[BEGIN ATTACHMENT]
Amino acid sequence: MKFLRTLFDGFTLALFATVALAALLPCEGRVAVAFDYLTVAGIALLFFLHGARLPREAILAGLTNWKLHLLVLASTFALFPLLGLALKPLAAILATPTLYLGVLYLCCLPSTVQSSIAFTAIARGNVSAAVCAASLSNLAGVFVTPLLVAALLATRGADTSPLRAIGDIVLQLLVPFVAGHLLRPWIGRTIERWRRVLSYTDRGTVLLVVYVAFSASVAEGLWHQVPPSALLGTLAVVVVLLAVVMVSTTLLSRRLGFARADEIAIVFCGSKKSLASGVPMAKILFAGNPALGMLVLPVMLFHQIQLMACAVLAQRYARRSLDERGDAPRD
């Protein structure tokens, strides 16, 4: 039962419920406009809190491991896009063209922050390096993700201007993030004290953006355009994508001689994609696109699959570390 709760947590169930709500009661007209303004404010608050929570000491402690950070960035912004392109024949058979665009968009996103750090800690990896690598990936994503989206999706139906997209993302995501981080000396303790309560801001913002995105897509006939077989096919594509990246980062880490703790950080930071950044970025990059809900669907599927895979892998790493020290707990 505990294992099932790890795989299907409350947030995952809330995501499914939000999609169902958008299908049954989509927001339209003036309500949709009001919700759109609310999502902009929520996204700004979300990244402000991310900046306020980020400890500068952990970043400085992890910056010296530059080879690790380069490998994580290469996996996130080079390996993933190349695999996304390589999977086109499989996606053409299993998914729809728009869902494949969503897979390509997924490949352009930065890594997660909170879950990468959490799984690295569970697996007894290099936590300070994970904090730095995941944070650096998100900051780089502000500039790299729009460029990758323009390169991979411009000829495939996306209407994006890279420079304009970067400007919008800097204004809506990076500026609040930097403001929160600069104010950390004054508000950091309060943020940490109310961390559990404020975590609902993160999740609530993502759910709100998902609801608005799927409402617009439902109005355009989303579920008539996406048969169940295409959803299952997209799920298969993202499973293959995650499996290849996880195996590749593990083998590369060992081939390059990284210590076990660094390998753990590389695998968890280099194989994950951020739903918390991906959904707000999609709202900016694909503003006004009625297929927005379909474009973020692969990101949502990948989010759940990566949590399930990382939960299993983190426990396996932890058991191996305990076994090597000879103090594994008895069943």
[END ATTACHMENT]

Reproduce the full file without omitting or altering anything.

Amino acid sequence: MKFLRTLFDGFTLALFATVALAALLPCEGRVAVAFDYLTVAGIALLFFLHGARLPREAILAGLTNWKLHLLVLASTFALFPLLGLALKPLAAILATPTLYLGVLYLCCLPSTVQSSIAFTAIARGNVSAAVCAASLSNLAGVFVTPLLVAALLATRGADTSPLRAIGDIVLQLLVPFVAGHLLRPWIGRTIERWRRVLSYTDRGTVLLVVYVAFSASVAEGLWHQVPPSALLGTLAVVVVLLAVVMVSTTLLSRRLGFARADEIAIVFCGSKKSLASGVPMAKILFAGNPALGMLVLPVMLFHQIQLMACAVLAQRYARRSLDERGDAPRD
């Protein structure tokens, strides 16, 4: 039962419920406009809190491991896009063209922050390096993700201007993030004290953006355009994508001689994609696109699959570390 709760947590169930709500009661007209303004404010608050929570000491402690950070960035912004392109024949058979665009968009996103750090800690990896690598990936994503989206999706139906997209993302995501981080000396303790309560801001913002995105897509006939077989096919594509990246980062880490703790950080930071950044970025990059809900669907599927895979892998790493020290707990 505990294992099932790890795989299907409350947030995952809330995501499914939000999609169902958008299908049954989509927001339209003036309500949709009001919700759109609310999502902009929520996204700004979300990244402000991310900046306020980020400890500068952990970043400085992890910056010296530059080879690790380069490998994580290469996996996130080079390996993933190349695999996304390589999977086109499989996606053409299993998914729809728009869902494949969503897979390509997924490949352009930065890594997660909170879950990468959490799984690295569970697996007894290099936590300070994970904090730095995941944070650096998100900051780089502000500039790299729009460029990758323009390169991979411009000829495939996306209407994006890279420079304009970067400007919008800097204004809506990076500026609040930097403001929160600069104010950390004054508000950091309060943020940490109310961390559990404020975590609902993160999740609530993502759910709100998902609801608005799927409402617009439902109005355009989303579920008539996406048969169940295409959803299952997209799920298969993202499973293959995650499996290849996880195996590749593990083998590369060992081939390059990284210590076990660094390998753990590389695998968890280099194989994950951020739903918390991906959904707000999609709202900016694909503003006004009625297929927005379909474009973020692969990101949502990948989010759940990566949590399930990382939960299993983190426990396996932890058991191996305990076994090597000879103090594994008895069943």